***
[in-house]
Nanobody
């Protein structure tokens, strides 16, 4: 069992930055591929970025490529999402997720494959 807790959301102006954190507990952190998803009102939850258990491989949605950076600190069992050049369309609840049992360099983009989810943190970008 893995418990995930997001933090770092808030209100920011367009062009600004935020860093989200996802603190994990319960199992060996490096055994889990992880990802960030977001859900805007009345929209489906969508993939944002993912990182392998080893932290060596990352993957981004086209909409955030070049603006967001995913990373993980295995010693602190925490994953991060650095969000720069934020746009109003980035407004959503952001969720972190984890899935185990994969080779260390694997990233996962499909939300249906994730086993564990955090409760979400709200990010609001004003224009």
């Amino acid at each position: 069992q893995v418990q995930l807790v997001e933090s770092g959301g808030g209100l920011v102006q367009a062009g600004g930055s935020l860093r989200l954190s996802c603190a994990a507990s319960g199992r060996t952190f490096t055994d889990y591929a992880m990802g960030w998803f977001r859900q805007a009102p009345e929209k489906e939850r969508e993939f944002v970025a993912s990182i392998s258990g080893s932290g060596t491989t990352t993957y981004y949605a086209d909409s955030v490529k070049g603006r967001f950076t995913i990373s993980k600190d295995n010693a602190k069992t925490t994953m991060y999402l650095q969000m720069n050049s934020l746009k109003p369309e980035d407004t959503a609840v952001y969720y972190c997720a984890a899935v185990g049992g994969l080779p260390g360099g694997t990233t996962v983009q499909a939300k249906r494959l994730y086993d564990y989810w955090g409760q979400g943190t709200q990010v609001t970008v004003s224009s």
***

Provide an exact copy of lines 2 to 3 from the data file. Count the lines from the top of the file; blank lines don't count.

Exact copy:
Nanobody
């Protein structure tokens, strides 16, 4: 069992930055591929970025490529999402997720494959 807790959301102006954190507990952190998803009102939850258990491989949605950076600190069992050049369309609840049992360099983009989810943190970008 893995418990995930997001933090770092808030209100920011367009062009600004935020860093989200996802603190994990319960199992060996490096055994889990992880990802960030977001859900805007009345929209489906969508993939944002993912990182392998080893932290060596990352993957981004086209909409955030070049603006967001995913990373993980295995010693602190925490994953991060650095969000720069934020746009109003980035407004959503952001969720972190984890899935185990994969080779260390694997990233996962499909939300249906994730086993564990955090409760979400709200990010609001004003224009």